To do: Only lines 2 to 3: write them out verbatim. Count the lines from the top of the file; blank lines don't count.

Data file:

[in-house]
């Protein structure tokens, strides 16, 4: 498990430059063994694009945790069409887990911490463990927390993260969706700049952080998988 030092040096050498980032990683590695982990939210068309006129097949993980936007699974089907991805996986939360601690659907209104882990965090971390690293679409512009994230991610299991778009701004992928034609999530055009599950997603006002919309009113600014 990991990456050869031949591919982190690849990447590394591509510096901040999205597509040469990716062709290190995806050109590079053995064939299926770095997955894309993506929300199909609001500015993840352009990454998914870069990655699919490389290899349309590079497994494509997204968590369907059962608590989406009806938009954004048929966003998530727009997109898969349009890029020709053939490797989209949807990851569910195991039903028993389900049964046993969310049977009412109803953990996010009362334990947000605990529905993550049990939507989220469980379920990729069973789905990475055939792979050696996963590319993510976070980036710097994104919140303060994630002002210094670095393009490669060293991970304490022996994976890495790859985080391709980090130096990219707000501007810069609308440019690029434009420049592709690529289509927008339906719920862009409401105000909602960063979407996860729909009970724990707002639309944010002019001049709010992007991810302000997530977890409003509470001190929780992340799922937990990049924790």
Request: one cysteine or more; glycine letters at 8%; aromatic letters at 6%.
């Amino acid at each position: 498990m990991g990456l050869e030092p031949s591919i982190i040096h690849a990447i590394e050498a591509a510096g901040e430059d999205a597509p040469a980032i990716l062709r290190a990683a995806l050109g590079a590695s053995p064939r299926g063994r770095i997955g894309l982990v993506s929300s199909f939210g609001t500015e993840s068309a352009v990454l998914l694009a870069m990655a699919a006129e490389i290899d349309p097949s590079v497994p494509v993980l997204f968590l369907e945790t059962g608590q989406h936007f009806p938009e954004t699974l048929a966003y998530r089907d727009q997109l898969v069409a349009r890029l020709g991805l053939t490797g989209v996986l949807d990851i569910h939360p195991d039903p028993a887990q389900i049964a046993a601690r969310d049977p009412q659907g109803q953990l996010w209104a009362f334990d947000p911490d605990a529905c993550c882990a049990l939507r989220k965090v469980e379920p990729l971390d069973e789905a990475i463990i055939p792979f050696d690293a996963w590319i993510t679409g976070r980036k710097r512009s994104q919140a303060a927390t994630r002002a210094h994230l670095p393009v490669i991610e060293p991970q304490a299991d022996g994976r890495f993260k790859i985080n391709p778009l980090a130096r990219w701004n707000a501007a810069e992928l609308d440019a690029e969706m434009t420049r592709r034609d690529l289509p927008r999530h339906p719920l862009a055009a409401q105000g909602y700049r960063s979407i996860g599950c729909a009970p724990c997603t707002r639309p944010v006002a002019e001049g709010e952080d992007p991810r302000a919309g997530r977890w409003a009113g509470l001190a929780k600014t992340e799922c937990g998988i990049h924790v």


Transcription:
């Protein structure tokens, strides 16, 4: 498990430059063994694009945790069409887990911490463990927390993260969706700049952080998988 030092040096050498980032990683590695982990939210068309006129097949993980936007699974089907991805996986939360601690659907209104882990965090971390690293679409512009994230991610299991778009701004992928034609999530055009599950997603006002919309009113600014 990991990456050869031949591919982190690849990447590394591509510096901040999205597509040469990716062709290190995806050109590079053995064939299926770095997955894309993506929300199909609001500015993840352009990454998914870069990655699919490389290899349309590079497994494509997204968590369907059962608590989406009806938009954004048929966003998530727009997109898969349009890029020709053939490797989209949807990851569910195991039903028993389900049964046993969310049977009412109803953990996010009362334990947000605990529905993550049990939507989220469980379920990729069973789905990475055939792979050696996963590319993510976070980036710097994104919140303060994630002002210094670095393009490669060293991970304490022996994976890495790859985080391709980090130096990219707000501007810069609308440019690029434009420049592709690529289509927008339906719920862009409401105000909602960063979407996860729909009970724990707002639309944010002019001049709010992007991810302000997530977890409003509470001190929780992340799922937990990049924790």
Request: one cysteine or more; glycine letters at 8%; aromatic letters at 6%.